This is a small Ruby tutorial that should take no more than 20 minutes to
complete. It makes the assumption that you already have Ruby installed.
(If you don’t have Ruby on your computer download and
install it before you get started.)
Ruby comes with a program that will show the results of any Ruby statements you feed it. Playing with Ruby code in interactive sessions like this is a terrific way to learn the language.
Open up IRB (which stands for Interactive Ruby).
- If you’re using Mac OS X open up
irb, then hit enter.
- If you’re using Linux, open up a shell and type
irband hit enter.
- If you’re using Windows, open
fxrifrom the Ruby section of your Start Menu.
Ok, so it’s open. Now what?
Ruby Obeyed You!
What just happened? Did we just write the world’s shortest “Hello
World” program? Not exactly. The second line is just IRB’s way of
telling us the result of the last expression it evaluated. If we want
to print out “Hello World” we need a bit more:
puts is the basic command to print something out in Ruby. But then what’s the
=> nil bit? That’s the result of the expression.
returns nil, which is Ruby’s absolutely-positively-nothing value.
Your Free Calculator is Here
Already, we have enough to use IRB as a basic calculator:irb(main):003:0> 3+2 => 5
Three plus two. Easy enough. What about three times two? You could
type it in, it’s short enough, but you may also be able to go up and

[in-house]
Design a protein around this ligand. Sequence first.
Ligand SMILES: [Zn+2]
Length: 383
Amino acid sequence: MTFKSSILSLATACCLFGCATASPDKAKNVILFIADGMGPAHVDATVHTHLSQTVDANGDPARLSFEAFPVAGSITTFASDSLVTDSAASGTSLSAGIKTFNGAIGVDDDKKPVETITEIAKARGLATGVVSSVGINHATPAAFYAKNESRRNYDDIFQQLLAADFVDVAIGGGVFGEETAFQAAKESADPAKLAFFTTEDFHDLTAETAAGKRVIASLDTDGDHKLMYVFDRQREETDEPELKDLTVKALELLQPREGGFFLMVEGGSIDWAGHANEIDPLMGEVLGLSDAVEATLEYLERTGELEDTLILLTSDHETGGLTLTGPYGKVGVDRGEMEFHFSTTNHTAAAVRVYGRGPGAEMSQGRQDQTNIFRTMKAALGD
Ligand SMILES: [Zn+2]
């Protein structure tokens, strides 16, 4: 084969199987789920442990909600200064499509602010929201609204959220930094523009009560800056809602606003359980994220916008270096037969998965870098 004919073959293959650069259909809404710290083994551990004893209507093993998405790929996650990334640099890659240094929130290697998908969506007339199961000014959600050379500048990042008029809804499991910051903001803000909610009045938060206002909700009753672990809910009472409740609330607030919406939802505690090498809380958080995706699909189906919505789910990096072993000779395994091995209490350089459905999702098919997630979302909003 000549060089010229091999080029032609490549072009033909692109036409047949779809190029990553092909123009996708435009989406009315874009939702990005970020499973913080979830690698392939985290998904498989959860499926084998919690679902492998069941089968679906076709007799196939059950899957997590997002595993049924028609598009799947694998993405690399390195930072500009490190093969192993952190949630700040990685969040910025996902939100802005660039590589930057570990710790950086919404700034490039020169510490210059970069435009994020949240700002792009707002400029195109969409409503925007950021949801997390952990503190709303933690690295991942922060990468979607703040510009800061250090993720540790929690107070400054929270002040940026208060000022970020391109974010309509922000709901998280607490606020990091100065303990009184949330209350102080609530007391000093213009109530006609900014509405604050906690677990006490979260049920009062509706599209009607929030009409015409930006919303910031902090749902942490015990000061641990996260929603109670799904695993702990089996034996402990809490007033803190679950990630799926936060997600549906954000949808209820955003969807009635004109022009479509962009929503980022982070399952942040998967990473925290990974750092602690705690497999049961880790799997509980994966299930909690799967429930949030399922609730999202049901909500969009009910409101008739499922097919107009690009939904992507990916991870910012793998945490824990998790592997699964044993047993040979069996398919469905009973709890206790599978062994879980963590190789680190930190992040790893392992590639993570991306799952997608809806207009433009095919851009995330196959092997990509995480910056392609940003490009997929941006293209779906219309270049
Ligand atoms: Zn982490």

change what you just entered. Try hitting the up-arrow on your
keyboard and see if it brings up the line with
3+2 on it. If it
does, you can use the left arrow key to move just after the
and then use backspace to change it to a
Next, let’s try three squared:irb(main):005:0> 3**2 => 9
** is the way you say “to the power of”. But what if you
want to go the other way and find the square root of something?
Ok, wait, what was that last one? If you guessed, “it was figuring out
the square root of nine,” you’re right. But let’s take a closer
look at things. First of all, what’s
Modules, Group Code by Topic
Math is a built-in module for mathematics. Modules serve two roles in
Ruby. This shows one role: grouping similar methods together under a familiar
Math also contains methods like
Next is a dot. What does the dot do? The dot is how you identify the
receiver of a message. What’s the message? In this case it’s
sqrt(9), which means call the method
sqrt, shorthand for “square
root” with the parameter of
The result of this method call is the value
3.0. You might notice
it’s not just
3. That’s because most of the time the square root of
a number won’t be an integer, so the method always returns a
What if we want to remember the result of some of this math? Assign
the result to a variable.
As great as this is for a calculator, we’re getting away from the traditional
Hello World message that beginning tutorials are supposed to focus on… so let’s go back to that.